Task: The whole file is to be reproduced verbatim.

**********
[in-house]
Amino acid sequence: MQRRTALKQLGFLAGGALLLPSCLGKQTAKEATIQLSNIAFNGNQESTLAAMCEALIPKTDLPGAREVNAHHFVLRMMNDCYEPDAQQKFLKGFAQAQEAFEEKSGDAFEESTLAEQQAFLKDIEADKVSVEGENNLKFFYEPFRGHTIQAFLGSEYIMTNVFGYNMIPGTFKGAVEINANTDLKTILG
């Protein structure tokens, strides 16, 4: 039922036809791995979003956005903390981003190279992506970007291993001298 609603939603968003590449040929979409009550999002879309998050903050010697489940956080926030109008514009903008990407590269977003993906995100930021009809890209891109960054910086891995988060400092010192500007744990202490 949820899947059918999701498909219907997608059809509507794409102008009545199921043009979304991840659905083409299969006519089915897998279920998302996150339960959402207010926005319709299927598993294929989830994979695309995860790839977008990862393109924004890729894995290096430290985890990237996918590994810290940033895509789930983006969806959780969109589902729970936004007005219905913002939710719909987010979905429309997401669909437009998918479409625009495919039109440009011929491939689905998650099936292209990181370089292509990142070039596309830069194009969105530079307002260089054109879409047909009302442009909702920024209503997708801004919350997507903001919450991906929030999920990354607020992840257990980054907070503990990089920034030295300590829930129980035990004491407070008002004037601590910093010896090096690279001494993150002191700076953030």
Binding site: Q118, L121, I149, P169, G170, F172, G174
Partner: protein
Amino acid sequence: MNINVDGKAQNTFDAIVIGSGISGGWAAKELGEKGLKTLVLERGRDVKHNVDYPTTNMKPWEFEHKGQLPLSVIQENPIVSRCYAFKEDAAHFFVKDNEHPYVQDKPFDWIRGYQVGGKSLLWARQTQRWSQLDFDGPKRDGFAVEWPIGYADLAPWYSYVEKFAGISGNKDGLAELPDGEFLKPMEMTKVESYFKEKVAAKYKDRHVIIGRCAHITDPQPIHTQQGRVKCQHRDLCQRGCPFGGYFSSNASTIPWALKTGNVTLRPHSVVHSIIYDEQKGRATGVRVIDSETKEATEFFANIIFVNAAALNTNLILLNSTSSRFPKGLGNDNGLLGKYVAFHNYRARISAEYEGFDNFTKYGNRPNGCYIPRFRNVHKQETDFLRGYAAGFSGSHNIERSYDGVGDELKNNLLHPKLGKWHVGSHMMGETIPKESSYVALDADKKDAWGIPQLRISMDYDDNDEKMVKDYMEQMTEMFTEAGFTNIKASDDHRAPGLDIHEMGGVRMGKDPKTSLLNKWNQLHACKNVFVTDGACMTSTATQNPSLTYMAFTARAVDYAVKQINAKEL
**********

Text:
[in-house]
Amino acid sequence: MQRRTALKQLGFLAGGALLLPSCLGKQTAKEATIQLSNIAFNGNQESTLAAMCEALIPKTDLPGAREVNAHHFVLRMMNDCYEPDAQQKFLKGFAQAQEAFEEKSGDAFEESTLAEQQAFLKDIEADKVSVEGENNLKFFYEPFRGHTIQAFLGSEYIMTNVFGYNMIPGTFKGAVEINANTDLKTILG
């Protein structure tokens, strides 16, 4: 039922036809791995979003956005903390981003190279992506970007291993001298 609603939603968003590449040929979409009550999002879309998050903050010697489940956080926030109008514009903008990407590269977003993906995100930021009809890209891109960054910086891995988060400092010192500007744990202490 949820899947059918999701498909219907997608059809509507794409102008009545199921043009979304991840659905083409299969006519089915897998279920998302996150339960959402207010926005319709299927598993294929989830994979695309995860790839977008990862393109924004890729894995290096430290985890990237996918590994810290940033895509789930983006969806959780969109589902729970936004007005219905913002939710719909987010979905429309997401669909437009998918479409625009495919039109440009011929491939689905998650099936292209990181370089292509990142070039596309830069194009969105530079307002260089054109879409047909009302442009909702920024209503997708801004919350997507903001919450991906929030999920990354607020992840257990980054907070503990990089920034030295300590829930129980035990004491407070008002004037601590910093010896090096690279001494993150002191700076953030």
Binding site: Q118, L121, I149, P169, G170, F172, G174
Partner: protein
Amino acid sequence: MNINVDGKAQNTFDAIVIGSGISGGWAAKELGEKGLKTLVLERGRDVKHNVDYPTTNMKPWEFEHKGQLPLSVIQENPIVSRCYAFKEDAAHFFVKDNEHPYVQDKPFDWIRGYQVGGKSLLWARQTQRWSQLDFDGPKRDGFAVEWPIGYADLAPWYSYVEKFAGISGNKDGLAELPDGEFLKPMEMTKVESYFKEKVAAKYKDRHVIIGRCAHITDPQPIHTQQGRVKCQHRDLCQRGCPFGGYFSSNASTIPWALKTGNVTLRPHSVVHSIIYDEQKGRATGVRVIDSETKEATEFFANIIFVNAAALNTNLILLNSTSSRFPKGLGNDNGLLGKYVAFHNYRARISAEYEGFDNFTKYGNRPNGCYIPRFRNVHKQETDFLRGYAAGFSGSHNIERSYDGVGDELKNNLLHPKLGKWHVGSHMMGETIPKESSYVALDADKKDAWGIPQLRISMDYDDNDEKMVKDYMEQMTEMFTEAGFTNIKASDDHRAPGLDIHEMGGVRMGKDPKTSLLNKWNQLHACKNVFVTDGACMTSTATQNPSLTYMAFTARAVDYAVKQINAKEL